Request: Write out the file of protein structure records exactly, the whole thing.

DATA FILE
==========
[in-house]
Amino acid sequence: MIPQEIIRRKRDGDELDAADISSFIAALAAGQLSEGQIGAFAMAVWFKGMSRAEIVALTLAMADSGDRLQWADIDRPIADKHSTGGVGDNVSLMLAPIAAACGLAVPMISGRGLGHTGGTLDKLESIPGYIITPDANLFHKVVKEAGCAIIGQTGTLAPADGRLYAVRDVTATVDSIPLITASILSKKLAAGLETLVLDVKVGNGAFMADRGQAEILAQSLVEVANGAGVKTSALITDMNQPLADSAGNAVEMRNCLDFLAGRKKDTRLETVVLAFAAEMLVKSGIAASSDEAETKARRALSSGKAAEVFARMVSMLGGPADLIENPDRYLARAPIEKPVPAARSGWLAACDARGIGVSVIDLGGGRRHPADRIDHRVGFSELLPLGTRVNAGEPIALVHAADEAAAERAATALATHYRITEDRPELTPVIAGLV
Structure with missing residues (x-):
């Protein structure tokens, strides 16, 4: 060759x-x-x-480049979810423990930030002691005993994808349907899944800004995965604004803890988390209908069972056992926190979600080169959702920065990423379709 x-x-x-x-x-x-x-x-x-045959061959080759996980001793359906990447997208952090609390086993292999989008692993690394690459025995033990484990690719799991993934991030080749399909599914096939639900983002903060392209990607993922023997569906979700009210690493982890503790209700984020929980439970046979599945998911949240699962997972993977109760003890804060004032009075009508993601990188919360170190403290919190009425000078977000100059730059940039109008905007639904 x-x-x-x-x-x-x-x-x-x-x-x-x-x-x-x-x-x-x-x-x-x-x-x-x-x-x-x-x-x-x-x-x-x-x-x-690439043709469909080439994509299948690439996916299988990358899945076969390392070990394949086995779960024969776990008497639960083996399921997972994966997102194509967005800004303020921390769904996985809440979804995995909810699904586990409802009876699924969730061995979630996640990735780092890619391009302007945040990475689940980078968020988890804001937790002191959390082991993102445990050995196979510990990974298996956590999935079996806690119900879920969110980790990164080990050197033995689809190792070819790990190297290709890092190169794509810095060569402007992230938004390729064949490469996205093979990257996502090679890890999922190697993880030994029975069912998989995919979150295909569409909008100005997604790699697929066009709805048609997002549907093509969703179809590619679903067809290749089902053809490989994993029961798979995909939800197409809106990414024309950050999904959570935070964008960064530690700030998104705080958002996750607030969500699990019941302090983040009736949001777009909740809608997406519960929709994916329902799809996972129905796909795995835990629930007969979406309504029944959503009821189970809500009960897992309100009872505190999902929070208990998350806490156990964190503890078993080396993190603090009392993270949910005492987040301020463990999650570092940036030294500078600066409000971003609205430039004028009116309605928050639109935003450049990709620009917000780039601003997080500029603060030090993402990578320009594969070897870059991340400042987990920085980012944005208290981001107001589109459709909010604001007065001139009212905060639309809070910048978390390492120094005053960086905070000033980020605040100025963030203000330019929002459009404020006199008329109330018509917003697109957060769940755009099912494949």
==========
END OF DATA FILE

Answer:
[in-house]
Amino acid sequence: MIPQEIIRRKRDGDELDAADISSFIAALAAGQLSEGQIGAFAMAVWFKGMSRAEIVALTLAMADSGDRLQWADIDRPIADKHSTGGVGDNVSLMLAPIAAACGLAVPMISGRGLGHTGGTLDKLESIPGYIITPDANLFHKVVKEAGCAIIGQTGTLAPADGRLYAVRDVTATVDSIPLITASILSKKLAAGLETLVLDVKVGNGAFMADRGQAEILAQSLVEVANGAGVKTSALITDMNQPLADSAGNAVEMRNCLDFLAGRKKDTRLETVVLAFAAEMLVKSGIAASSDEAETKARRALSSGKAAEVFARMVSMLGGPADLIENPDRYLARAPIEKPVPAARSGWLAACDARGIGVSVIDLGGGRRHPADRIDHRVGFSELLPLGTRVNAGEPIALVHAADEAAAERAATALATHYRITEDRPELTPVIAGLV
Structure with missing residues (x-):
């Protein structure tokens, strides 16, 4: 060759x-x-x-480049979810423990930030002691005993994808349907899944800004995965604004803890988390209908069972056992926190979600080169959702920065990423379709 x-x-x-x-x-x-x-x-x-045959061959080759996980001793359906990447997208952090609390086993292999989008692993690394690459025995033990484990690719799991993934991030080749399909599914096939639900983002903060392209990607993922023997569906979700009210690493982890503790209700984020929980439970046979599945998911949240699962997972993977109760003890804060004032009075009508993601990188919360170190403290919190009425000078977000100059730059940039109008905007639904 x-x-x-x-x-x-x-x-x-x-x-x-x-x-x-x-x-x-x-x-x-x-x-x-x-x-x-x-x-x-x-x-x-x-x-x-690439043709469909080439994509299948690439996916299988990358899945076969390392070990394949086995779960024969776990008497639960083996399921997972994966997102194509967005800004303020921390769904996985809440979804995995909810699904586990409802009876699924969730061995979630996640990735780092890619391009302007945040990475689940980078968020988890804001937790002191959390082991993102445990050995196979510990990974298996956590999935079996806690119900879920969110980790990164080990050197033995689809190792070819790990190297290709890092190169794509810095060569402007992230938004390729064949490469996205093979990257996502090679890890999922190697993880030994029975069912998989995919979150295909569409909008100005997604790699697929066009709805048609997002549907093509969703179809590619679903067809290749089902053809490989994993029961798979995909939800197409809106990414024309950050999904959570935070964008960064530690700030998104705080958002996750607030969500699990019941302090983040009736949001777009909740809608997406519960929709994916329902799809996972129905796909795995835990629930007969979406309504029944959503009821189970809500009960897992309100009872505190999902929070208990998350806490156990964190503890078993080396993190603090009392993270949910005492987040301020463990999650570092940036030294500078600066409000971003609205430039004028009116309605928050639109935003450049990709620009917000780039601003997080500029603060030090993402990578320009594969070897870059991340400042987990920085980012944005208290981001107001589109459709909010604001007065001139009212905060639309809070910048978390390492120094005053960086905070000033980020605040100025963030203000330019929002459009404020006199008329109330018509917003697109957060769940755009099912494949």